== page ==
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How to Use Tar Command ?

The Linux tar command stands for tap archive, is not a compressed file and commonly called as a collection (which contains the contents of many files) of a single file.
Tar is the most commonly used command in Linux for creating a archive file. It saves multiple files, folders & other file formats (zip, gzip, bzip2 & tar) into a single archive file. Many of us very frequently uses three operations create, list & extract & two options file & verbose with tar to dealing the backups and restore.
Additionally we can use gzip & bzip2 commands for further compressing the tar archive. Mainly tar command used to performing backup (full and incremental) from the server by server administrator, other famous backup applications are using tar command for backup.
All the files and folders can be restore from the archive file whenever you want, every server administrator need to know the tar command and it’s usage for better backup solution.
By default tar command included into most of the distribution, so we can easily install from distribution official repository.
We are going to show you in this article, how we can use the tar command effectively for different purpose.
[Install Tar on RHEL/CentOS/Fedora]
$ sudo yum install tar

[Install Tar on Fedora] 22 and later]
$ sudo dnf install tar

[Install Tar on Debian/Linux Mint/Ubuntu]
$ sudo apt-get install tar

[Install Tar on openSUSE]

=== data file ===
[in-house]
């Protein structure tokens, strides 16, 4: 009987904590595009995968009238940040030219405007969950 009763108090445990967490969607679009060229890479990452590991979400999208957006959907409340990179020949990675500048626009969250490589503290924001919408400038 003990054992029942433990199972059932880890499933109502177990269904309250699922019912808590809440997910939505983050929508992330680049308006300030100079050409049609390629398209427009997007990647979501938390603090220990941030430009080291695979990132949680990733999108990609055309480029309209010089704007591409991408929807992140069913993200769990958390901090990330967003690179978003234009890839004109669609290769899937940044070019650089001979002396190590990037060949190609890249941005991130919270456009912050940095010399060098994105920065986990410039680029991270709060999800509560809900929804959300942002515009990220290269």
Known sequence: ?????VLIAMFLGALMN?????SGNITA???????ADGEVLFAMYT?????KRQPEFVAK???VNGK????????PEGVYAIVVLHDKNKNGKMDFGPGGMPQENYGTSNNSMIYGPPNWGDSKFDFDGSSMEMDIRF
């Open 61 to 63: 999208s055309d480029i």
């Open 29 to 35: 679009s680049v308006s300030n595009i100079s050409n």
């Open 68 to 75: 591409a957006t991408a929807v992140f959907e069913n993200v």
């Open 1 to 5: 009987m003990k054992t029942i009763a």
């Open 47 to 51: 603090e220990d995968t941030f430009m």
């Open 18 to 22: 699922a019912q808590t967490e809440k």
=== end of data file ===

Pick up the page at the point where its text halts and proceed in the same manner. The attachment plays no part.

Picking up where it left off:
$ sudo zypper in tar

[Install Tar on Mageia]
$ sudo urpmi tar

[Install Tar on Arch based distro]
$ sudo pacman -S tar
Syntax : Common Syntax for tar command
Syntax : tar -[options] [/backup-location/backup-filename] /[webcontent-location]

Options : Commonly used options in tar command are listed below
  • z : Compress the backup file with ‘gzip’ to make it into small size.
  • c : Create a new backup archive
  • v : verbosely list files which are processed
  • p : Preserves the permissions of the files put in the archive for restoration later.
  • f : following is the archive file name
  • x : To extract a archive file
  • t : To viewing content of archive file
  • j : Archive the file with bzip2
  • r : To add new file or folder in existing archive file
  • W : To verify a archive file content
  • p : Compress the backup file with ‘present umask’.
  • C : To mention the path to extract the archive file
  • wildcards : Extract the group of file from archive file

1) How to create tar Archive File

The following example, backup the entire 2daygeek directory content into 2daygeek-backup-17-Dec-2013.tar file and store the backup file at /backup/site-backup/ directory.
# tar -cvf /backup/site-backup/2daygeek-backup-17-Dec-2013.tar /home/2daygeek
/home/2daygeek/
/home/2daygeek/etc/
/home/2daygeek/.bashrc
/home/2daygeekc/public_html/
/home/2daygeekc/public_html/captca/CaptchaSecurityImages.php
/home/2daygeekc/public_html/captca/form.php
/home/2daygeekc/public_html/captca/monofont.ttf
/home/2daygeekc/public_html/captca/error_log
/home/2daygeekc/public_html/colorlover.php
/home/2daygeekc/public_html/userfunctions.php
/home/2daygeekc/public_html/.htaccess

2) To create tar.gz Archive File

The following example, backup the entire 2daygeek directory content with .gzip compressed format (It uses z option which makes the tar into small size) into 2daygeek-backup-17-Dec-2013.tar.gz file and store the backup file at /backup/site-backup/ directory.
# tar -zcvf /backup/site-backup/2daygeek-backup-17-Dec-2013.tar.gz /home/2daygeek
/home/2daygeek/
/home/2daygeek/etc/
/home/2daygeek/.bashrc
/home/2daygeekc/public_html/
/home/2daygeekc/public_html/captca/CaptchaSecurityImages.php
/home/2daygeekc/public_html/captca/form.php
/home/2daygeekc/public_html/captca/monofont.ttf
/home/2daygeekc/public_html/captca/error_log
/home/2daygeekc/public_html/colorlover.php
/home/2daygeekc/public_html/userfunctions.php
/home/2daygeekc/public_html/.htaccess

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